Adaptive markets hypothesis for Islamic stock indices: Evidence from Dow Jones size and sector-indices
Olivier Darné and
Jae Kim ()
Additional contact information
Amélie Charles: Audencia Business School - Audencia Business School
Post-Print from HAL
This paper analyzes the degree of return predictability (or weak-form informational efficiency) of Dow Jones Islamic and conventional size and sector-indices using the data from 1996 to 2013. Employing the automatic portmanteau and variance ratio tests for the martingale difference hypothesis of asset returns, we find that all Islamic and conventional sub-index returns have been predictable in a number of periods, consistent with the implications of the adaptive markets hypothesis. Overall, the Islamic sector-indices exhibit a higher degree of informational efficiency than the conventional ones, especially in the Consumer Goods, Consumer Services, Financials and Technology sectors. We also find that the Islamic sub-indices tend to be more efficient than the conventional ones during crisis periods.
Keywords: Return predictability; Wild bootstrap; Islamic indices; Market eﬃciency; Martingale diﬀerence hypothesis (search for similar items in EconPapers)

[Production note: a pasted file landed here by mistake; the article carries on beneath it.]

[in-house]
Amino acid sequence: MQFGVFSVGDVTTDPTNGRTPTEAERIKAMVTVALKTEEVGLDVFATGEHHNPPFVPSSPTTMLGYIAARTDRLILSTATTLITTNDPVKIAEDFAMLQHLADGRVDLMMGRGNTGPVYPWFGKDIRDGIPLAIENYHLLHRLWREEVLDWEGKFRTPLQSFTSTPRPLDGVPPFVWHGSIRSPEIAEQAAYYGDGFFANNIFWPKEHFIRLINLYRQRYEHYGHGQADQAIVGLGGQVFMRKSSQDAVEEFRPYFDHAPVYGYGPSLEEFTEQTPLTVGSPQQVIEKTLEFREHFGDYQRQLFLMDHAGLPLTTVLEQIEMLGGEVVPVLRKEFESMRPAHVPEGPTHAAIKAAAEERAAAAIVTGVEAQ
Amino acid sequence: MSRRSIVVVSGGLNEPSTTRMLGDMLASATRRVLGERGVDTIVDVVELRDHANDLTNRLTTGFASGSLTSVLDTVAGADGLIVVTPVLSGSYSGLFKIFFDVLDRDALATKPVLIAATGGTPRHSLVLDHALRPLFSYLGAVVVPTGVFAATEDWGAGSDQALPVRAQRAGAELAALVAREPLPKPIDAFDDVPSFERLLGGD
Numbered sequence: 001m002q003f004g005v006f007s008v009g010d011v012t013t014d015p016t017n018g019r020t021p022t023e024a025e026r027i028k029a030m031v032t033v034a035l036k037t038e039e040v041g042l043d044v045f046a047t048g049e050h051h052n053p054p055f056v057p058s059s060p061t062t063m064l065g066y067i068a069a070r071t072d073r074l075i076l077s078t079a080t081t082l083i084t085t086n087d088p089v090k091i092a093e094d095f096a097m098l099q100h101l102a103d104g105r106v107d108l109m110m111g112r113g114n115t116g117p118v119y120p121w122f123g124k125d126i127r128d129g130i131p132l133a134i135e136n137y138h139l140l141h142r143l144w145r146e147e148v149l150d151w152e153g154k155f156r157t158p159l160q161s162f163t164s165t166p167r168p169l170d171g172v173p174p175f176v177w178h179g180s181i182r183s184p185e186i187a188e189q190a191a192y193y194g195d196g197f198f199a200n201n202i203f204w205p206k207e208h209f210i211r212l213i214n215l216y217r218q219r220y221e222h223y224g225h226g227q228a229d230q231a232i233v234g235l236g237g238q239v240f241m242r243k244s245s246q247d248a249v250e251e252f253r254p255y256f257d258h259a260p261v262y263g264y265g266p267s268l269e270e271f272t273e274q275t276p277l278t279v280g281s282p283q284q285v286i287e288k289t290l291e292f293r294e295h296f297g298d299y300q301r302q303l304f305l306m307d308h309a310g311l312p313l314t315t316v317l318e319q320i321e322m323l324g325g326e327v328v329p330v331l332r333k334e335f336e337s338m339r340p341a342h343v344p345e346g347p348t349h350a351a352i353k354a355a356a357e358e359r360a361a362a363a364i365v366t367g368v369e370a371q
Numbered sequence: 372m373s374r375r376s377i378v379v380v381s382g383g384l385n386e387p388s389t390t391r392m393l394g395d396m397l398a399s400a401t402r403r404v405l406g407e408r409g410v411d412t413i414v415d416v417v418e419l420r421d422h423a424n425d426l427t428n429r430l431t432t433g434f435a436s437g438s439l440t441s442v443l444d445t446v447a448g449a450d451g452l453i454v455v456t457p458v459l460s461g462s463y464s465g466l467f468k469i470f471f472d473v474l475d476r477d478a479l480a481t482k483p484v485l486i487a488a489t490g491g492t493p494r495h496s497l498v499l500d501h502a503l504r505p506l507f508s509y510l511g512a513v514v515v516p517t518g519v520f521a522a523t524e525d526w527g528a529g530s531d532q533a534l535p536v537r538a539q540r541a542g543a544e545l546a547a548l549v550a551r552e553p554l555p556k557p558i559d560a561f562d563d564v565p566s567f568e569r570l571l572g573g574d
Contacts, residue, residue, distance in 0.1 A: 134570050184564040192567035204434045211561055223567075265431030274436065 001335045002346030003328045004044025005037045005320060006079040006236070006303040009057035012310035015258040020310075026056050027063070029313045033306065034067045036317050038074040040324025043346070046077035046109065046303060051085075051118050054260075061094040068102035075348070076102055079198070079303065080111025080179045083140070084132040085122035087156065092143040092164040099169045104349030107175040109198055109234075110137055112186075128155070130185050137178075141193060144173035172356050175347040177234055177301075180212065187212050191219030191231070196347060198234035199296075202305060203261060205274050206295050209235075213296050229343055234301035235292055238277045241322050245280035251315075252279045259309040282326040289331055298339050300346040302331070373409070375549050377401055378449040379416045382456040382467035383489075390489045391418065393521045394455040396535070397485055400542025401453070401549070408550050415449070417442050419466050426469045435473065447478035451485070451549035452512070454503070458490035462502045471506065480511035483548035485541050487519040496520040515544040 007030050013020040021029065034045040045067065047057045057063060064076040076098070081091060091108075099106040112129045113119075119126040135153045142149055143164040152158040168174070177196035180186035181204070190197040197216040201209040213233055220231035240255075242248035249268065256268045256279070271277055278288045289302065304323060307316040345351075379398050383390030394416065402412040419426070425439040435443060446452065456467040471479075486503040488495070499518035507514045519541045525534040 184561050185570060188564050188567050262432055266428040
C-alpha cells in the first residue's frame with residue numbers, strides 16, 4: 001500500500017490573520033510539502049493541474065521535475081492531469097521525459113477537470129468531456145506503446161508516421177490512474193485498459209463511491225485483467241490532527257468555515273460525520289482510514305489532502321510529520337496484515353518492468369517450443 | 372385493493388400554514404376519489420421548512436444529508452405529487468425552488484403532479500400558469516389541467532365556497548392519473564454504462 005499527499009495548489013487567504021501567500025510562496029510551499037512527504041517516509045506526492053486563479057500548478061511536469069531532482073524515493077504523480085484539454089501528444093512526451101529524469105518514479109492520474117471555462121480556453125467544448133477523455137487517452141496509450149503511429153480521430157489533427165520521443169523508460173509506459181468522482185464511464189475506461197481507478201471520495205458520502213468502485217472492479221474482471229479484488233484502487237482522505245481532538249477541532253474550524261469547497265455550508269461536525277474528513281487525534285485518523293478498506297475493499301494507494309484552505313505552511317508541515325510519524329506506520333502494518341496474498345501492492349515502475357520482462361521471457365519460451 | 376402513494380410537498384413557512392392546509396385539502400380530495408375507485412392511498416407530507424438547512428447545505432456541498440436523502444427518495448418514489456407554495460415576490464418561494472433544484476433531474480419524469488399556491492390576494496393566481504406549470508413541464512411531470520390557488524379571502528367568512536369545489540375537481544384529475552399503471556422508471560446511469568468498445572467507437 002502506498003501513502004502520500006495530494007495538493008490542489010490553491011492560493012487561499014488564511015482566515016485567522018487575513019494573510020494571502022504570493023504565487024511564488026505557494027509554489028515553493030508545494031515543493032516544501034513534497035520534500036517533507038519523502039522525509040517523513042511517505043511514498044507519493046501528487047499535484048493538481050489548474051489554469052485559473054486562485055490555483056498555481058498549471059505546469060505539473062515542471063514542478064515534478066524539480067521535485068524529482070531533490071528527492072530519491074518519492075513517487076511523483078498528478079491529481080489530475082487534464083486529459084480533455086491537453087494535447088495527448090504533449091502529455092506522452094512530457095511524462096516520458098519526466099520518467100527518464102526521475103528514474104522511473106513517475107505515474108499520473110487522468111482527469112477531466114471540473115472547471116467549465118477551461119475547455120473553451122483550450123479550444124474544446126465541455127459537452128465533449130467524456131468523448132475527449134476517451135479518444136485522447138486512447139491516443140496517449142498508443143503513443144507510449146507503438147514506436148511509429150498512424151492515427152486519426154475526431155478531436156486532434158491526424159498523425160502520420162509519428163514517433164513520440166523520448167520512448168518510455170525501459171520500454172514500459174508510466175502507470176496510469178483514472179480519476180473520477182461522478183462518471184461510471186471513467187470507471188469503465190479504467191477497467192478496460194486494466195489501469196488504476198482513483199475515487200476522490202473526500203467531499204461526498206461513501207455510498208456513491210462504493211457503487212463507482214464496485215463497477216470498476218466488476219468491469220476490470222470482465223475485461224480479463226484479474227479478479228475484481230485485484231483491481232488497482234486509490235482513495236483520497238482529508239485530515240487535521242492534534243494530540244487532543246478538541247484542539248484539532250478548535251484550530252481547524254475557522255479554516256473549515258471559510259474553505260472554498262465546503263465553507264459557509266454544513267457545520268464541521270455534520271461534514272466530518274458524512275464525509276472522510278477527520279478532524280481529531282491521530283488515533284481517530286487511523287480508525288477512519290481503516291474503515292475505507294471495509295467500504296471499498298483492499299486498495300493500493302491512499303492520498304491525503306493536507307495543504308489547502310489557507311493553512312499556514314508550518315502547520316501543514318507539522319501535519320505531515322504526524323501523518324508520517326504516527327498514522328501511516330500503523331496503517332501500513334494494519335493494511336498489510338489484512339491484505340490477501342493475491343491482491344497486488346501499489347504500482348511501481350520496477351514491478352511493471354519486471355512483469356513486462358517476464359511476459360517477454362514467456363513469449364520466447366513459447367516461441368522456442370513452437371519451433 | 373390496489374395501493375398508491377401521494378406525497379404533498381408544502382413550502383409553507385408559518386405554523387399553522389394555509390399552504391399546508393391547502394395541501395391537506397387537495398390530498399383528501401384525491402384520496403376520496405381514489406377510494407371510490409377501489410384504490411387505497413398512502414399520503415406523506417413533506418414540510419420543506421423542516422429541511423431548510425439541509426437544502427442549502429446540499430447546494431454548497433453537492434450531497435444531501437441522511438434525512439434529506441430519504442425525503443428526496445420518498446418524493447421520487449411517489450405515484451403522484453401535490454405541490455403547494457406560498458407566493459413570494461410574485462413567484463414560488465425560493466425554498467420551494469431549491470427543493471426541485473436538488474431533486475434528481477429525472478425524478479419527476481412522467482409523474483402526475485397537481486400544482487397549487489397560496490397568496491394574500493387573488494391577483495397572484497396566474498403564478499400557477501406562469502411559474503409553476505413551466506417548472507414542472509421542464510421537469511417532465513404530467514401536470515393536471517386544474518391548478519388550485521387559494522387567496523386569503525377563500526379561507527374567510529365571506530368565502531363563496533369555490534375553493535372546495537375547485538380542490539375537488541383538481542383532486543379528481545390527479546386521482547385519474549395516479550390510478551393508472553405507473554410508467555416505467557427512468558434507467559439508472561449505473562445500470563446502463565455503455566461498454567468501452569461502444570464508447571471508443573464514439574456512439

Note: View the original document on HAL open archive server: http://hal-audencia.archives-ouvertes.fr/hal-01579718
References: View references in EconPapers View complete reference list from CitEc
Citations: View citations in EconPapers (2) Track citations by RSS feed
Published in International Economics/Economie Internationale, 2017, 151, pp.100 - 112. 〈10.1016/j.inteco.2017.05.002〉
Downloads: (external link)
Journal Article: Adaptive markets hypothesis for Islamic stock indices: Evidence from Dow Jones size and sector-indices (2017)
This item may be available elsewhere in EconPapers: Search for items with the same title.
Export reference: BibTeX
RIS (EndNote, ProCite, RefMan)
Persistent link: https://EconPapers.repec.org/RePEc:hal:journl:hal-01579718
Access Statistics for this paper
More papers in Post-Print from HAL
Bibliographic data for series maintained by CCSD ().